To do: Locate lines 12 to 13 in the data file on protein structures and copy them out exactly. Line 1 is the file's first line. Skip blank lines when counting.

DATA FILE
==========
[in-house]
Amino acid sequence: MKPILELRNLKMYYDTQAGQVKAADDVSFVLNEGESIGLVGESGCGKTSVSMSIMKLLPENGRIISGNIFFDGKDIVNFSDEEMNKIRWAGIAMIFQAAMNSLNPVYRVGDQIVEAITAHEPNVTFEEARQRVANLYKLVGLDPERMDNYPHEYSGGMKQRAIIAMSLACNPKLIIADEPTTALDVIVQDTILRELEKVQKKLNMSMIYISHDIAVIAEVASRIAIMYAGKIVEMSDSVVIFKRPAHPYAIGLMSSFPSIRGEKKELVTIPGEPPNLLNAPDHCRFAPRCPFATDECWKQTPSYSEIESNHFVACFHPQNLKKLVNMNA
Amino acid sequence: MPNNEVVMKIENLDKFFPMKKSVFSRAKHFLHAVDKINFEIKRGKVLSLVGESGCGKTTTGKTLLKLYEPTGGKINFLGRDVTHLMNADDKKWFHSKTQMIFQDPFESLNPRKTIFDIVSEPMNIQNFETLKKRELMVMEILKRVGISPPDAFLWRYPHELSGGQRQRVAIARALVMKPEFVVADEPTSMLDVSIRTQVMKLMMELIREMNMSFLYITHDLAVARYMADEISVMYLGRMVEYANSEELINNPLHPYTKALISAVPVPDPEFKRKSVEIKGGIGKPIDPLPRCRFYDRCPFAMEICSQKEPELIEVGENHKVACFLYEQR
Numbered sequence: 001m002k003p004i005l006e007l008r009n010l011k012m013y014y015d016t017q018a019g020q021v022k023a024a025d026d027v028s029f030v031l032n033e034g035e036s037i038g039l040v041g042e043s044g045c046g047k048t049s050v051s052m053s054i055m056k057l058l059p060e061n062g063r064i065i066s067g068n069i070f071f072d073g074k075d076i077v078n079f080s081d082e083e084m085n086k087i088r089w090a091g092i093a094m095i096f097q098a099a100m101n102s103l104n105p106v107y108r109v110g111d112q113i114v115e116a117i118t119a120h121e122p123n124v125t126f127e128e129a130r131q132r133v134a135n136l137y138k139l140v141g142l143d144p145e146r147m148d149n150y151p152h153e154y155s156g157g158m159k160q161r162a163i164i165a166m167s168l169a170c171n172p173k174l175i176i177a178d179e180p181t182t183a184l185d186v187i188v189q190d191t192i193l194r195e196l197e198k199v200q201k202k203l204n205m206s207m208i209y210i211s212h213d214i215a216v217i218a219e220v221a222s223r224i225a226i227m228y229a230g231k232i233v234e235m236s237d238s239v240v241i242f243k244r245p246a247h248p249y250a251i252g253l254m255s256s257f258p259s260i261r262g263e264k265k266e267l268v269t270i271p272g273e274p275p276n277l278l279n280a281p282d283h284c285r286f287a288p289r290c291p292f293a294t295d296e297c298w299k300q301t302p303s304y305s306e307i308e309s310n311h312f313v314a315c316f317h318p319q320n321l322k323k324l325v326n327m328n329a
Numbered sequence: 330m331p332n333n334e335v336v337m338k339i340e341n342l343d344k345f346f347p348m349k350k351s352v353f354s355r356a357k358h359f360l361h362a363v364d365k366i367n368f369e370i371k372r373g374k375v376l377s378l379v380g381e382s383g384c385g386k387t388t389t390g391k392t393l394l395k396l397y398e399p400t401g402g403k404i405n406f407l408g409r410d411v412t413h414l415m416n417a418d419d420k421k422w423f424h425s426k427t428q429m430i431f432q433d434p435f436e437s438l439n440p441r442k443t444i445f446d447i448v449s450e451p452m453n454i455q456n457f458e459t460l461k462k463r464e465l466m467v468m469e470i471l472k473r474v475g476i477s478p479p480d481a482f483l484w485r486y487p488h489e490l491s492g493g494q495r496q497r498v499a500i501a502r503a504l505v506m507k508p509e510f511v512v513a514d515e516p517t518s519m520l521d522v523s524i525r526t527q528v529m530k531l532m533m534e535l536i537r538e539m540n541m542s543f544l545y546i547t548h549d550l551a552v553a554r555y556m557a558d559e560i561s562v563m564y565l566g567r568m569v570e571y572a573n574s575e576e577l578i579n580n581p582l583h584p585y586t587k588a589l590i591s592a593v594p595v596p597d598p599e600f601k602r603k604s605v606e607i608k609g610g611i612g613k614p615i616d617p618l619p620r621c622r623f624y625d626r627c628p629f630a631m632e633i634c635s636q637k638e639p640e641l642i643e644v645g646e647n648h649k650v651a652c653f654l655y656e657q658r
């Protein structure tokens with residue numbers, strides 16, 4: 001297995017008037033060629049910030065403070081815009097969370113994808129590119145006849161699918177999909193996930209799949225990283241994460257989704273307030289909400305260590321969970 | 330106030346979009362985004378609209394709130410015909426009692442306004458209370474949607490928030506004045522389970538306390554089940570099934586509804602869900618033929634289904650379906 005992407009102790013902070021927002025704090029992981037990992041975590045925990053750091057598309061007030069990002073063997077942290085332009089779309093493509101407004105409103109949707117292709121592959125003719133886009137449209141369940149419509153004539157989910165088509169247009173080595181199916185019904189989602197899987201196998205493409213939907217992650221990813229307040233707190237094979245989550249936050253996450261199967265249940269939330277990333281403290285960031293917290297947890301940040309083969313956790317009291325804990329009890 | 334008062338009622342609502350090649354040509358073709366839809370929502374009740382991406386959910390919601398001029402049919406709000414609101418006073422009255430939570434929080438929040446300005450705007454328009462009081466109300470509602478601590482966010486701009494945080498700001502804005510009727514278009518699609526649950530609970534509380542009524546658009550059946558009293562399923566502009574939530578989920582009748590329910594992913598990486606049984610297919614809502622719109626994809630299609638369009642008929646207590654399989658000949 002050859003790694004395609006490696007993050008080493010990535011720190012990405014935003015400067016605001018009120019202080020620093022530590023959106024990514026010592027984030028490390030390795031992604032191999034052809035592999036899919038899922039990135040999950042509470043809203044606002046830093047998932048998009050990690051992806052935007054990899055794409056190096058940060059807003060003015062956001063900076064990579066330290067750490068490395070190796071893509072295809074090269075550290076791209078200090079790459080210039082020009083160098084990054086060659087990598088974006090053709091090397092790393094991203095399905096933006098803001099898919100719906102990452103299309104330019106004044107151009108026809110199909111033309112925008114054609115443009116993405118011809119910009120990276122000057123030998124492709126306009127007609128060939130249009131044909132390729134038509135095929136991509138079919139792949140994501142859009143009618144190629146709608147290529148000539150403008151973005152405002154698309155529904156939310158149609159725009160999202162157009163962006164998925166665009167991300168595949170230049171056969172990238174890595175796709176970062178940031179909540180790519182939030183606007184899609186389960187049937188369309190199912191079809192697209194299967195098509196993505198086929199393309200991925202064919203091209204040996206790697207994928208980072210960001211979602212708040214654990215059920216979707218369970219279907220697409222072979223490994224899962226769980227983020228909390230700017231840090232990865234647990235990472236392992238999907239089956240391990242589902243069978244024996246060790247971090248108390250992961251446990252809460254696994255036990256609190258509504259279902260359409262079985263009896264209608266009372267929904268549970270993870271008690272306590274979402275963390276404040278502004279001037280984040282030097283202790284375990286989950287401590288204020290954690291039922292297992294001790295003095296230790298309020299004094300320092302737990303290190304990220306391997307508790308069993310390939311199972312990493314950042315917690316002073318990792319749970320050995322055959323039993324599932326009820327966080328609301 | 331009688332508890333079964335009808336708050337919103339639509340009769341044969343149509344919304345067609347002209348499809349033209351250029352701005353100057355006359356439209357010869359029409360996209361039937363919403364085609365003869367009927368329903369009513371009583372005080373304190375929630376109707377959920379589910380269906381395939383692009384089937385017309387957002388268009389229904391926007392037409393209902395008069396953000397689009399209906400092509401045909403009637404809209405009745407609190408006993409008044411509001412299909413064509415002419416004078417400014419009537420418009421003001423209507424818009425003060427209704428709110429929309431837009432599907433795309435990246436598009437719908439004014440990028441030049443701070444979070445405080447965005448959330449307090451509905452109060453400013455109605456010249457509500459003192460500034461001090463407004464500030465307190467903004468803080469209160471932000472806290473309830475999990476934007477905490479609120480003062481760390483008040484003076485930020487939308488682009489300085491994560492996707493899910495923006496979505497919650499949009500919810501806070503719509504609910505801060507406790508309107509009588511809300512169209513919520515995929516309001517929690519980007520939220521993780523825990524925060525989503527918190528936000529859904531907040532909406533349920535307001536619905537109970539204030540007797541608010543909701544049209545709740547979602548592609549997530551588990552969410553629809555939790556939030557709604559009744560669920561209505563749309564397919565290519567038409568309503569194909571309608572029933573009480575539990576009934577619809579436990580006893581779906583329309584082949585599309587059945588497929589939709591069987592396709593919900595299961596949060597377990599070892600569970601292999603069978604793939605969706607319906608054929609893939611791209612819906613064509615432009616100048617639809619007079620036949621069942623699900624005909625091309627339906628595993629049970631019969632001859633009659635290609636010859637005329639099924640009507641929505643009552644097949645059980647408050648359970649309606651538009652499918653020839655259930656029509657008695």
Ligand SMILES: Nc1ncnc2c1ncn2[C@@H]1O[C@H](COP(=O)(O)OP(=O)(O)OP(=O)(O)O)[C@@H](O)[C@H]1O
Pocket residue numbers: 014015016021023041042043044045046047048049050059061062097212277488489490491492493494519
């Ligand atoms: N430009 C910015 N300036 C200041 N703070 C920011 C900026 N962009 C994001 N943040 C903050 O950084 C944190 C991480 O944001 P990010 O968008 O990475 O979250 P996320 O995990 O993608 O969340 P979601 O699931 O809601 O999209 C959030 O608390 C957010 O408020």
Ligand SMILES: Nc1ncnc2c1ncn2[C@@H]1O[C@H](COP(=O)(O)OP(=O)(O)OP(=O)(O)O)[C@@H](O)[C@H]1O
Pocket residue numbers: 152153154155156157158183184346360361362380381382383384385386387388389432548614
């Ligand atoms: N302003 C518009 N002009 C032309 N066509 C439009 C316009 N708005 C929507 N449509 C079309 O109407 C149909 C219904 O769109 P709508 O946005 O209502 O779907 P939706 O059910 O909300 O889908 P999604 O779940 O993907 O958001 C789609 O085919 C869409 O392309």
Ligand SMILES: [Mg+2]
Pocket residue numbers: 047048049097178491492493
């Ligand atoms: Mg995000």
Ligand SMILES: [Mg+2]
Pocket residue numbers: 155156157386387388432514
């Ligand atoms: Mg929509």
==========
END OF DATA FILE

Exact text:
């Ligand atoms: N302003 C518009 N002009 C032309 N066509 C439009 C316009 N708005 C929507 N449509 C079309 O109407 C149909 C219904 O769109 P709508 O946005 O209502 O779907 P939706 O059910 O909300 O889908 P999604 O779940 O993907 O958001 C789609 O085919 C869409 O392309």
Ligand SMILES: [Mg+2]